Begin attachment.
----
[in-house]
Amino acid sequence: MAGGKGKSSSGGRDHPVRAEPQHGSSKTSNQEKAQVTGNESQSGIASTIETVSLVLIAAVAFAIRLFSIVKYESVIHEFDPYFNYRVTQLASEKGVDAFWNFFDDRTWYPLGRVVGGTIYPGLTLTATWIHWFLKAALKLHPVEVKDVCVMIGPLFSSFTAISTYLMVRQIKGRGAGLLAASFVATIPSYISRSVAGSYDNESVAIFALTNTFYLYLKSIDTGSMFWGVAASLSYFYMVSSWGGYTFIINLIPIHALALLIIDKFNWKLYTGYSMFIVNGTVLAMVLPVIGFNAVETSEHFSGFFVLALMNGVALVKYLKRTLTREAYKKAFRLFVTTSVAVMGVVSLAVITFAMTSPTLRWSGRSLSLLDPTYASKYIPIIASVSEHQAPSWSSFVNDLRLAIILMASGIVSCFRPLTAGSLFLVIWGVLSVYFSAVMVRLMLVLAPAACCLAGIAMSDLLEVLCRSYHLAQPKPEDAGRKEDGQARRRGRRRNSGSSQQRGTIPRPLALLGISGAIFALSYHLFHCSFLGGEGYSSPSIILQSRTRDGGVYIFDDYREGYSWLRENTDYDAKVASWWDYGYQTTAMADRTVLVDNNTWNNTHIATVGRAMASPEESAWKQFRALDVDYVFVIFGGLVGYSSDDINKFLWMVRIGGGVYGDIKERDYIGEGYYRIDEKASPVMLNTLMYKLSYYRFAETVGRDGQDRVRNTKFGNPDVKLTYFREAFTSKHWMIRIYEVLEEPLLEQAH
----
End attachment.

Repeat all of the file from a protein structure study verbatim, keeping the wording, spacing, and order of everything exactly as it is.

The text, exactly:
[in-house]
Amino acid sequence: MAGGKGKSSSGGRDHPVRAEPQHGSSKTSNQEKAQVTGNESQSGIASTIETVSLVLIAAVAFAIRLFSIVKYESVIHEFDPYFNYRVTQLASEKGVDAFWNFFDDRTWYPLGRVVGGTIYPGLTLTATWIHWFLKAALKLHPVEVKDVCVMIGPLFSSFTAISTYLMVRQIKGRGAGLLAASFVATIPSYISRSVAGSYDNESVAIFALTNTFYLYLKSIDTGSMFWGVAASLSYFYMVSSWGGYTFIINLIPIHALALLIIDKFNWKLYTGYSMFIVNGTVLAMVLPVIGFNAVETSEHFSGFFVLALMNGVALVKYLKRTLTREAYKKAFRLFVTTSVAVMGVVSLAVITFAMTSPTLRWSGRSLSLLDPTYASKYIPIIASVSEHQAPSWSSFVNDLRLAIILMASGIVSCFRPLTAGSLFLVIWGVLSVYFSAVMVRLMLVLAPAACCLAGIAMSDLLEVLCRSYHLAQPKPEDAGRKEDGQARRRGRRRNSGSSQQRGTIPRPLALLGISGAIFALSYHLFHCSFLGGEGYSSPSIILQSRTRDGGVYIFDDYREGYSWLRENTDYDAKVASWWDYGYQTTAMADRTVLVDNNTWNNTHIATVGRAMASPEESAWKQFRALDVDYVFVIFGGLVGYSSDDINKFLWMVRIGGGVYGDIKERDYIGEGYYRIDEKASPVMLNTLMYKLSYYRFAETVGRDGQDRVRNTKFGNPDVKLTYFREAFTSKHWMIRIYEVLEEPLLEQAH